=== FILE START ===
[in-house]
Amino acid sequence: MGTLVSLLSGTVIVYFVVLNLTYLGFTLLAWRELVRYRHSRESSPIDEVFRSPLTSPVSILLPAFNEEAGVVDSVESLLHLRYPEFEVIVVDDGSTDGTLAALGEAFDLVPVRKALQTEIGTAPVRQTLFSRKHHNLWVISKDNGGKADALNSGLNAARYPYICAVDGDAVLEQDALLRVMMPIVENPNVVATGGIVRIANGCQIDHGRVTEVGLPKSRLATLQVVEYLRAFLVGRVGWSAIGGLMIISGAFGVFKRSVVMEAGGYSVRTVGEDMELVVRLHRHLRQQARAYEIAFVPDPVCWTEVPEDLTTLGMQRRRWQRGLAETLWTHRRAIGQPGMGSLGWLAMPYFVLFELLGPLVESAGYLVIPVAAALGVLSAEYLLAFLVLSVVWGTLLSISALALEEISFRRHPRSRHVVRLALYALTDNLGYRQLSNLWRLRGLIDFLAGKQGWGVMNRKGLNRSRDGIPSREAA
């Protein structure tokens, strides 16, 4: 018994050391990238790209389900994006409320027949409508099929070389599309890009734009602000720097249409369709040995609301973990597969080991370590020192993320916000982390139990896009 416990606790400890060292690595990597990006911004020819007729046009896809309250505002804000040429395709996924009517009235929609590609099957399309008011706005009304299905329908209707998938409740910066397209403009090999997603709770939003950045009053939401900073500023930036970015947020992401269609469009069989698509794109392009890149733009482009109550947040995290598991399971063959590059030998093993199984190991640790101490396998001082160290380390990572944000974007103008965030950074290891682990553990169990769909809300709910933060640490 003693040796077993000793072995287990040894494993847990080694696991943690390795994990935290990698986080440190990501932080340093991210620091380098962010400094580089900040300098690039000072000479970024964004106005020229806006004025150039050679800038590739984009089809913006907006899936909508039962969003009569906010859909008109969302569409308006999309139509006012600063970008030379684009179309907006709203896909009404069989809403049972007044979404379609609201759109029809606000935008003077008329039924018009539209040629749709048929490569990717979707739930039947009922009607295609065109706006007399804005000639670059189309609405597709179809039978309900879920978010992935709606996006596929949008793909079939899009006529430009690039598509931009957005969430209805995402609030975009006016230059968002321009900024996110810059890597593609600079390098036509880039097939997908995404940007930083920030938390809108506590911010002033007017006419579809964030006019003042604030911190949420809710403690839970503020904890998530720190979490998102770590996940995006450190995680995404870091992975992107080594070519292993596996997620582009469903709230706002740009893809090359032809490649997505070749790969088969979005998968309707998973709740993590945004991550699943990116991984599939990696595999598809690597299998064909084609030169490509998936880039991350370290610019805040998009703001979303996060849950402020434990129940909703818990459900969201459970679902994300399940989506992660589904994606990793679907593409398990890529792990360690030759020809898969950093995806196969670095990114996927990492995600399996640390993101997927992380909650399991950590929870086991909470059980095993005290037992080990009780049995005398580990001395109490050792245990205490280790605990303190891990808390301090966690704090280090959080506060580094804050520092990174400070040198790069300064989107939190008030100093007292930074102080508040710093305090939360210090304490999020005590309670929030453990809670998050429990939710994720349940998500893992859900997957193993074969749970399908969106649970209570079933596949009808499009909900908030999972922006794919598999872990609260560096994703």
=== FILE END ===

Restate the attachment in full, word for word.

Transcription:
[in-house]
Amino acid sequence: MGTLVSLLSGTVIVYFVVLNLTYLGFTLLAWRELVRYRHSRESSPIDEVFRSPLTSPVSILLPAFNEEAGVVDSVESLLHLRYPEFEVIVVDDGSTDGTLAALGEAFDLVPVRKALQTEIGTAPVRQTLFSRKHHNLWVISKDNGGKADALNSGLNAARYPYICAVDGDAVLEQDALLRVMMPIVENPNVVATGGIVRIANGCQIDHGRVTEVGLPKSRLATLQVVEYLRAFLVGRVGWSAIGGLMIISGAFGVFKRSVVMEAGGYSVRTVGEDMELVVRLHRHLRQQARAYEIAFVPDPVCWTEVPEDLTTLGMQRRRWQRGLAETLWTHRRAIGQPGMGSLGWLAMPYFVLFELLGPLVESAGYLVIPVAAALGVLSAEYLLAFLVLSVVWGTLLSISALALEEISFRRHPRSRHVVRLALYALTDNLGYRQLSNLWRLRGLIDFLAGKQGWGVMNRKGLNRSRDGIPSREAA
């Protein structure tokens, strides 16, 4: 018994050391990238790209389900994006409320027949409508099929070389599309890009734009602000720097249409369709040995609301973990597969080991370590020192993320916000982390139990896009 416990606790400890060292690595990597990006911004020819007729046009896809309250505002804000040429395709996924009517009235929609590609099957399309008011706005009304299905329908209707998938409740910066397209403009090999997603709770939003950045009053939401900073500023930036970015947020992401269609469009069989698509794109392009890149733009482009109550947040995290598991399971063959590059030998093993199984190991640790101490396998001082160290380390990572944000974007103008965030950074290891682990553990169990769909809300709910933060640490 003693040796077993000793072995287990040894494993847990080694696991943690390795994990935290990698986080440190990501932080340093991210620091380098962010400094580089900040300098690039000072000479970024964004106005020229806006004025150039050679800038590739984009089809913006907006899936909508039962969003009569906010859909008109969302569409308006999309139509006012600063970008030379684009179309907006709203896909009404069989809403049972007044979404379609609201759109029809606000935008003077008329039924018009539209040629749709048929490569990717979707739930039947009922009607295609065109706006007399804005000639670059189309609405597709179809039978309900879920978010992935709606996006596929949008793909079939899009006529430009690039598509931009957005969430209805995402609030975009006016230059968002321009900024996110810059890597593609600079390098036509880039097939997908995404940007930083920030938390809108506590911010002033007017006419579809964030006019003042604030911190949420809710403690839970503020904890998530720190979490998102770590996940995006450190995680995404870091992975992107080594070519292993596996997620582009469903709230706002740009893809090359032809490649997505070749790969088969979005998968309707998973709740993590945004991550699943990116991984599939990696595999598809690597299998064909084609030169490509998936880039991350370290610019805040998009703001979303996060849950402020434990129940909703818990459900969201459970679902994300399940989506992660589904994606990793679907593409398990890529792990360690030759020809898969950093995806196969670095990114996927990492995600399996640390993101997927992380909650399991950590929870086991909470059980095993005290037992080990009780049995005398580990001395109490050792245990205490280790605990303190891990808390301090966690704090280090959080506060580094804050520092990174400070040198790069300064989107939190008030100093007292930074102080508040710093305090939360210090304490999020005590309670929030453990809670998050429990939710994720349940998500893992859900997957193993074969749970399908969106649970209570079933596949009808499009909900908030999972922006794919598999872990609260560096994703």